- Pre-PC Microprocessor History
- Microprocessors from 1971 to the Present
- Processor Specifications
- Processor Features
- Processor Manufacturing
- Processor Socket and Slot Types
- CPU Operating Voltages
- Heat and Cooling Problems
- Math Coprocessors (Floating-Point Units)
- Processor Bugs
- Processor Codenames
- P1 (086) First-Generation Processors
- P2 (286) Second-Generation Processors
- P3 (386) Third-Generation Processors
- P4 (486) Fourth-Generation Processors
- P5 (586) Fifth-Generation Processors
- Intel P6 (686) Sixth-Generation Processors
- Other Sixth-Generation Processors
- Intel Pentium 4 (Seventh-Generation) Processors
- Eighth-Generation (64-Bit Register) Processors
- Dual-Core Processors
- Processor Upgrades
- Processor Troubleshooting Techniques
Intel Pentium 4 (Seventh-Generation) Processors
The Pentium 4 was introduced in November 2000 and represented a new generation in processors (see Figure 3.60). If this one had a number instead of a name, it might be called the 786 because it represents a generation beyond the previous 686 class processors. Three main variations on the Pentium 4 have been released, based on the processor die and architecture. They are called the Willamette, Northwood, and Prescott. The processor dies are shown in Figure 3.61.
Figure 3.60 Pentium 4 FC-PGA2 processor.
Figure 3.61 The CPU dies for the Pentium 4 CPU based on the Willamette, Northwood, and Prescott cores.
The main technical details for the Pentium 4 include
- Speeds range from 1.3GHz to 3.8GHz.
- 42 million transistors, 0.18-micron process, 217 sq. mm die (Willamette).
- 55 million transistors, 0.13-micron process, 131 sq. mm die (Northwood).
- 125 million transistors, 0.09-micron process, 112 sq. mm die (Prescott).
- Software compatible with previous Intel 32-bit processors.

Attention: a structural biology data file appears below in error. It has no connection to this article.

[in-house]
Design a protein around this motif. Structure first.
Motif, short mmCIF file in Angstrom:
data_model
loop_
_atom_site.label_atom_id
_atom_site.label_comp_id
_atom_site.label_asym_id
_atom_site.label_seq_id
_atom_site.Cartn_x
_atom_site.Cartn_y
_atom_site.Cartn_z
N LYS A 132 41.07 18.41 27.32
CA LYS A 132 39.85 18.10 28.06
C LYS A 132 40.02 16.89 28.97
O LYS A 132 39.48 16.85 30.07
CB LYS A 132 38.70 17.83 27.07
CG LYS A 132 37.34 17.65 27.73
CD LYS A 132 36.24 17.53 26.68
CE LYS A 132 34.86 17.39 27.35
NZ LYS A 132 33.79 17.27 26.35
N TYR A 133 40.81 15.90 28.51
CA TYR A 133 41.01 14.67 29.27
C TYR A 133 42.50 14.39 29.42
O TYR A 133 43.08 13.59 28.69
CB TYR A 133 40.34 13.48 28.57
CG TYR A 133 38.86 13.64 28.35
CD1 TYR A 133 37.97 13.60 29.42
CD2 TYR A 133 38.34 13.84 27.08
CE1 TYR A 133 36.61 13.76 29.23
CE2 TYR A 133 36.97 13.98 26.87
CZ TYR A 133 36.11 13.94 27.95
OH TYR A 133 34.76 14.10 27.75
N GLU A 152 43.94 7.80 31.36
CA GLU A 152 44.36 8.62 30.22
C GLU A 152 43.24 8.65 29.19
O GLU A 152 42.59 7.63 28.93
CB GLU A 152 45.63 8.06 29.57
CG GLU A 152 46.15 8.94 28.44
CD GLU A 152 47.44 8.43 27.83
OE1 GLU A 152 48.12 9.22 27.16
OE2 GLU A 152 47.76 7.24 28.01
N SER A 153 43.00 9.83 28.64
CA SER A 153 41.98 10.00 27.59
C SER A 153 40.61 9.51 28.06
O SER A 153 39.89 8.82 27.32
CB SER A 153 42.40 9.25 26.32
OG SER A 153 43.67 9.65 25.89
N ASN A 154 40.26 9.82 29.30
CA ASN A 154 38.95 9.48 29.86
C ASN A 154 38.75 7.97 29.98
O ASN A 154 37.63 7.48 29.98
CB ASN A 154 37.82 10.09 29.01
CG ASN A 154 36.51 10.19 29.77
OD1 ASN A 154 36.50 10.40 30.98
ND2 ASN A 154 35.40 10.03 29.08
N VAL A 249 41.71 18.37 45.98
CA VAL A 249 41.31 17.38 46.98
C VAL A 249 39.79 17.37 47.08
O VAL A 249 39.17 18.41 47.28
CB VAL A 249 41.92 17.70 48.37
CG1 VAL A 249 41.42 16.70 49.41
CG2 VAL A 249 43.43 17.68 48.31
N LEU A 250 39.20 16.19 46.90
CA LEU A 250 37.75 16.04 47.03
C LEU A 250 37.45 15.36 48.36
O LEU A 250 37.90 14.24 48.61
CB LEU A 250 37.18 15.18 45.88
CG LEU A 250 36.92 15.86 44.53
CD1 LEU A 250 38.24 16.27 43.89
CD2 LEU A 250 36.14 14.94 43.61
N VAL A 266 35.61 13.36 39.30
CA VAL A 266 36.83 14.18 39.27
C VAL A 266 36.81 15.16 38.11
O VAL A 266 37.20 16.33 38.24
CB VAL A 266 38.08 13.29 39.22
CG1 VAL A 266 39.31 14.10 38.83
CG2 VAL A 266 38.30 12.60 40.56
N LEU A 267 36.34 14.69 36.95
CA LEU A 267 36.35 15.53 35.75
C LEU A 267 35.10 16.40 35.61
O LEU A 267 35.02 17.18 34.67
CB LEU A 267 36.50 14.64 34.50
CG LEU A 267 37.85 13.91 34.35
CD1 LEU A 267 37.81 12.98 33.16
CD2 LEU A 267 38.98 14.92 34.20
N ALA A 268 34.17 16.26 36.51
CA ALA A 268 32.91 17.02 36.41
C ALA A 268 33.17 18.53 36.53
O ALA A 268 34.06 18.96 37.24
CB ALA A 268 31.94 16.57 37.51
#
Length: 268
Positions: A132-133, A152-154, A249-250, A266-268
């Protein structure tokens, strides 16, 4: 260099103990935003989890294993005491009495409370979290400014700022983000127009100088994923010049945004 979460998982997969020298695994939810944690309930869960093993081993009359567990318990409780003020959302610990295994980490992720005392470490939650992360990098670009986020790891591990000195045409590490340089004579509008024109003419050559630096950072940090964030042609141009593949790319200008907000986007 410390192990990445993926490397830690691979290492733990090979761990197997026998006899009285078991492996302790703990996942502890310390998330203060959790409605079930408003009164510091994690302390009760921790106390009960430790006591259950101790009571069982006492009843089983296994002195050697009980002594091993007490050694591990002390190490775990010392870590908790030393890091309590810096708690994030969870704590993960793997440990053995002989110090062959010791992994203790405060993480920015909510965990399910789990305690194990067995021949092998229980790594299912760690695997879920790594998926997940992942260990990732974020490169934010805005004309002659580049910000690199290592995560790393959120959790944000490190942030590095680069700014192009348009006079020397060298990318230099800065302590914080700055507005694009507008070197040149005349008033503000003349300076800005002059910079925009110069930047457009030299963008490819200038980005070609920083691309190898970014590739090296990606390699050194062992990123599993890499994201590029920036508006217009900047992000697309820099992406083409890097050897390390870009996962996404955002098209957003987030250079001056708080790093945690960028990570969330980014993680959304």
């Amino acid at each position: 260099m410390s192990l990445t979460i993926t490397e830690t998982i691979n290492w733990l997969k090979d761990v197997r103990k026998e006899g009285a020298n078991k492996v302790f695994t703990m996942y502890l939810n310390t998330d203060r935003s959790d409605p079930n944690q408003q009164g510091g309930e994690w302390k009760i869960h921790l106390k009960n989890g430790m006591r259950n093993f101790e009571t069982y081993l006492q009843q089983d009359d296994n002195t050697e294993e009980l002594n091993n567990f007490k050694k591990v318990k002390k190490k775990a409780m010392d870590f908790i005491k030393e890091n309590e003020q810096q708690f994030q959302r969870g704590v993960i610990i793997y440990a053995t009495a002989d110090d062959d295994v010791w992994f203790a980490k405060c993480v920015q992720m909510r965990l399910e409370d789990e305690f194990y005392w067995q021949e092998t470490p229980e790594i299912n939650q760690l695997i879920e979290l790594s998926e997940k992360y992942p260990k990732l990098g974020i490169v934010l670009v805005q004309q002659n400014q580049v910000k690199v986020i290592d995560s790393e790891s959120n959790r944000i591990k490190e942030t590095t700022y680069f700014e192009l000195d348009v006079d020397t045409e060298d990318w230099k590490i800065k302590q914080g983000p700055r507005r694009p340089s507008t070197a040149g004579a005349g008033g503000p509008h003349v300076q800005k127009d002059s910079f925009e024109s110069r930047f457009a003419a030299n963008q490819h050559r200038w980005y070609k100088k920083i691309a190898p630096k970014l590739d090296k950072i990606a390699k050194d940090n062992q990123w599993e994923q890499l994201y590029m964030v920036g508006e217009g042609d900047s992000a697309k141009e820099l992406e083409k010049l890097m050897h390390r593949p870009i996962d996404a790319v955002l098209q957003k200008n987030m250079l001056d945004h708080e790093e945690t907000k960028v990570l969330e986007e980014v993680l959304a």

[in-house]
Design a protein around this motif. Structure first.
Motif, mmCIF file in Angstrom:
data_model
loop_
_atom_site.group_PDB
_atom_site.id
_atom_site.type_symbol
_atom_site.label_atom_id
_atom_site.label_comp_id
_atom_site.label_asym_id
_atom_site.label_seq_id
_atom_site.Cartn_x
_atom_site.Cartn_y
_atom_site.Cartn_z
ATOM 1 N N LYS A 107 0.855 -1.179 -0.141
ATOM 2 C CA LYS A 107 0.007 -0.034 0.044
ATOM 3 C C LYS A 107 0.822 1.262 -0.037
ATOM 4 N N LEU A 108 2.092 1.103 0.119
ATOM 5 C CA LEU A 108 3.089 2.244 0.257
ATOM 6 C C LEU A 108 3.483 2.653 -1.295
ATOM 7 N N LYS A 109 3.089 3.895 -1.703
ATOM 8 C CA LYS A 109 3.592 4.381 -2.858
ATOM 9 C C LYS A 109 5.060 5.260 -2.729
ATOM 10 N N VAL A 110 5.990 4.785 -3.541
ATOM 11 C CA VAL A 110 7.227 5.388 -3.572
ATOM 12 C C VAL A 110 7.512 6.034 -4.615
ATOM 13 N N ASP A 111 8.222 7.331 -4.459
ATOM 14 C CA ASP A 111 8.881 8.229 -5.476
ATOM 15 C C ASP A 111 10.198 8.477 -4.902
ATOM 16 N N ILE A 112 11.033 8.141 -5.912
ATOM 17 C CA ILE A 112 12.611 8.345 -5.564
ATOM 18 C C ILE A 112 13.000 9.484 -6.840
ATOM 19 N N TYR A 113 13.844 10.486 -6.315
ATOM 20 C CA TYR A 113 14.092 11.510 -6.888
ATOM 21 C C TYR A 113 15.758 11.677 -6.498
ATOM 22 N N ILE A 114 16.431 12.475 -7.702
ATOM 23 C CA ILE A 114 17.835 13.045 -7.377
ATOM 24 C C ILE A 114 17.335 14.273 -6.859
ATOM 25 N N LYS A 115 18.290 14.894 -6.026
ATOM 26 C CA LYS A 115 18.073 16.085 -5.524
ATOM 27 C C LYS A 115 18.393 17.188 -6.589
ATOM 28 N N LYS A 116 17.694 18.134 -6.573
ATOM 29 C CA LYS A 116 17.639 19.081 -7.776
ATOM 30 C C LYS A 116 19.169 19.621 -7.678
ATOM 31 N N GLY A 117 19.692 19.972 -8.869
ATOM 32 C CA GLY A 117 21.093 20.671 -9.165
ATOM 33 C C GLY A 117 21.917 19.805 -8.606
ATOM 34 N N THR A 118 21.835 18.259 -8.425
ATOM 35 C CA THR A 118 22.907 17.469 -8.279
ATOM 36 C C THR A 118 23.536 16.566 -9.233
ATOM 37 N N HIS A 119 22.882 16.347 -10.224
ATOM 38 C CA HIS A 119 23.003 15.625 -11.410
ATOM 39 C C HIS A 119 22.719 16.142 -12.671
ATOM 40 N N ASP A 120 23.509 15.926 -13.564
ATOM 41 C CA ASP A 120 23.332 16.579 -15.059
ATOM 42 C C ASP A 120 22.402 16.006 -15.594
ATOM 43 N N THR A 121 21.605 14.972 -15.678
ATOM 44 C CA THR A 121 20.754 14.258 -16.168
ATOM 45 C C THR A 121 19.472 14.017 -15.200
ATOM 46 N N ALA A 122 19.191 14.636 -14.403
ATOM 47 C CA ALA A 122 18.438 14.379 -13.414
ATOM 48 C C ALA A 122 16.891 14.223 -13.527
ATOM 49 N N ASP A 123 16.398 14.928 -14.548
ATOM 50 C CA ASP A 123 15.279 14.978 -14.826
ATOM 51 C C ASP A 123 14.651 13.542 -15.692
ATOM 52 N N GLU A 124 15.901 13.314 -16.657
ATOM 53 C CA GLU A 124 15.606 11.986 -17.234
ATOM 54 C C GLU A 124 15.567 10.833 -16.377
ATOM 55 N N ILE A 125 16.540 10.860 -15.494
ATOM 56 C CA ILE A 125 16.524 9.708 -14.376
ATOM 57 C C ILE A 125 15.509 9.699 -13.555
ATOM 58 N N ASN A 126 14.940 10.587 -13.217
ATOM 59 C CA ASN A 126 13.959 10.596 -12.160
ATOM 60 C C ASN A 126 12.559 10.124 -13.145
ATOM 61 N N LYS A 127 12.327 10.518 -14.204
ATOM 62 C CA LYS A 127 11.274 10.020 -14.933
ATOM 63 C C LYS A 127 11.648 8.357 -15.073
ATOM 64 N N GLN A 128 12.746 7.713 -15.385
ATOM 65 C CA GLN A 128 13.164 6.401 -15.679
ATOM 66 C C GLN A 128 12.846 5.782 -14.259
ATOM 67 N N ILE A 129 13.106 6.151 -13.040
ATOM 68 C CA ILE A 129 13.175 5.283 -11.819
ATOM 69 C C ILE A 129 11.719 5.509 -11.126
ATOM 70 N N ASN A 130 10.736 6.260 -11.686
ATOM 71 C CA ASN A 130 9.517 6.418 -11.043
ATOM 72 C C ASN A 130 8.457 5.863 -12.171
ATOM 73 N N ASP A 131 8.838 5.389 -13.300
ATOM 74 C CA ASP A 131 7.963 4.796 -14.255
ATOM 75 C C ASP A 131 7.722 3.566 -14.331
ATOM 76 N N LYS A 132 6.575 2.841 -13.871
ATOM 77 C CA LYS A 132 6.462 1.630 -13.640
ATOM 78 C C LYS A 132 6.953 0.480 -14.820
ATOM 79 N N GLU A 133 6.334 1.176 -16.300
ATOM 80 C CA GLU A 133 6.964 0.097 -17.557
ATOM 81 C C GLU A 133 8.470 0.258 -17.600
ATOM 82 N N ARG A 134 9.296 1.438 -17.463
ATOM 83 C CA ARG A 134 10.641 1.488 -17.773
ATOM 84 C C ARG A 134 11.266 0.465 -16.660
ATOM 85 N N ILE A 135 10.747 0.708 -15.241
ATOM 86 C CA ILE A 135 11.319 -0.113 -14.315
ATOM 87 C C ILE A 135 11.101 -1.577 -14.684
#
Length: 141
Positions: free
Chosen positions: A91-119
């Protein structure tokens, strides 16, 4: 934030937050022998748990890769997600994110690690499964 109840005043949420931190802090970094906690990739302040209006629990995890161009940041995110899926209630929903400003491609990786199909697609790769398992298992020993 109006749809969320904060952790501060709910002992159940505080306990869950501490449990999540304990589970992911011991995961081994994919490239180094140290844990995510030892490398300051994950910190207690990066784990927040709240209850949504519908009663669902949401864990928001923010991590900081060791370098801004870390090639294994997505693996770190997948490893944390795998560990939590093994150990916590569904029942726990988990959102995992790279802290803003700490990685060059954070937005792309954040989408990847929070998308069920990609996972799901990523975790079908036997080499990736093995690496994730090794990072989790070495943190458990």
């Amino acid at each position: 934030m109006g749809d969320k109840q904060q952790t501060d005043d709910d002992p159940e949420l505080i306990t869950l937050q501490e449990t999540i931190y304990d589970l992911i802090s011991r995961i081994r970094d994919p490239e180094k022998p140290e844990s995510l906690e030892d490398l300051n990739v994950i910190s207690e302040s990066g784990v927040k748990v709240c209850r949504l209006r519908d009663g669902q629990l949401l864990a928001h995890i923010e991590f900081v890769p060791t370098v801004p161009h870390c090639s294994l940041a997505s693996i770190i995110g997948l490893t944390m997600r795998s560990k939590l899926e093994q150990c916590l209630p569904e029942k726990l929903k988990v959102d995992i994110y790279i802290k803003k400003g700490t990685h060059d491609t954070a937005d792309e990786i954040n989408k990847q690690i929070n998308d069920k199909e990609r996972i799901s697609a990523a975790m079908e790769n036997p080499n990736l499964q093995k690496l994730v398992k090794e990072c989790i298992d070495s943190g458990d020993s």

- Some Prescott versions support EM64T (64-bit extensions) and Execute Disable Bit (buffer overflow protection).
- Processor (front-side) bus runs at 400MHz, 533MHz, 800MHz, or 1066MHz.
- Arithmetic logic units (ALUs) run at twice the processor core frequency.
- Hyper-pipelined (20-stage or 31-stage) technology.
- Hyper-threading technology support in all 2.4GHz and faster processors running an 800MHz bus and all 3.06GHz and faster processors running a 533MHz bus.
- Very deep out-of-order instruction execution.
- Enhanced branch prediction.
- 8KB or 16KB L1 cache plus 12K micro-op execution trace cache.
- 256KB, 512KB, or 1MB of on-die, full-core speed 256-bit-wide L2 cache with eight-way associativity.
- L2 cache can handle up to 4GB RAM and supports ECC.
- 2MB of on-die, full-speed L3 cache (Extreme Edition).
- SSE2—SSE plus 144 new instructions for graphics and sound processing (Willamette and Northwood).
- SSE3—SSE2 plus 13 new instructions for graphics and sound processing (Prescott).
- Enhanced floating-point unit.
- Multiple low-power states.
Intel abandoned Roman numerals for a standard Arabic numeral 4 designation to identify the Pentium 4. Internally, the Pentium 4 introduces a new architecture Intel calls NetBurst microarchitecture, which is a marketing term and not a technical term. Intel uses NetBurst to describe hyper-pipelined technology, a rapid execution engine, a high-speed (400MHz, 533MHz, 800MHz, or 1066MHz) system bus, and an execution trace cache. The hyper-pipelined technology doubles or triples the instruction pipeline depth as compared to the Pentium III (or Athlon/Athlon 64), meaning more and smaller steps are required to execute instructions. Even though this might seem less efficient, it enables much higher clock speeds to be more easily attained. The rapid execution engine enables the two integer arithmetic logic units (ALUs) to run at twice the processor core frequency, which means instructions can execute in half a clock cycle. The 400MHz/533MHz/800MHz/1066MHz system bus is a quad-pumped bus running off a 100MHz/133MHz/200MHz/266MHz system clock transferring data four times per clock cycle. The execution trace cache is a high-performance Level 1 cache that stores approximately 12K decoded micro-operations. This removes the instruction decoder from the main execution pipeline, increasing performance.
Of these, the high-speed processor bus is most notable. Technically speaking, the processor bus is a 100MHz, 133MHz, 200MHz, or 266MHz quad-pumped bus that transfers four times per cycle (4x), for a 400MHz, 533MHz, 800MHz, or 1066MHz effective rate. Because the bus is 64 bits (8 bytes) wide, this results in a throughput rate of 3200MBps, 4266MBps, 6400MBps, or 8532MBps.
Table 3.44 shows how this transfer rate compares to various speeds of dual-channel RDRAM and DDR SDRAM.
As you can see from Table 3.46, the throughput of the Pentium 4's processor bus is an exact match for the most common types of RDRAM and DDR SDRAM memory. The use of dual-channel memory means that modules must be added in matched pairs. Dual banks of PC1600 (DDR266), PC2100 (DDR333), or PC3200 (DDR400) DDR SDRAM are less expensive than equivalent RDRAM solutions, which is why virtually all newer Pentium 4 chipsets support DDR SDRAM or the newer DDR2 SDRAM.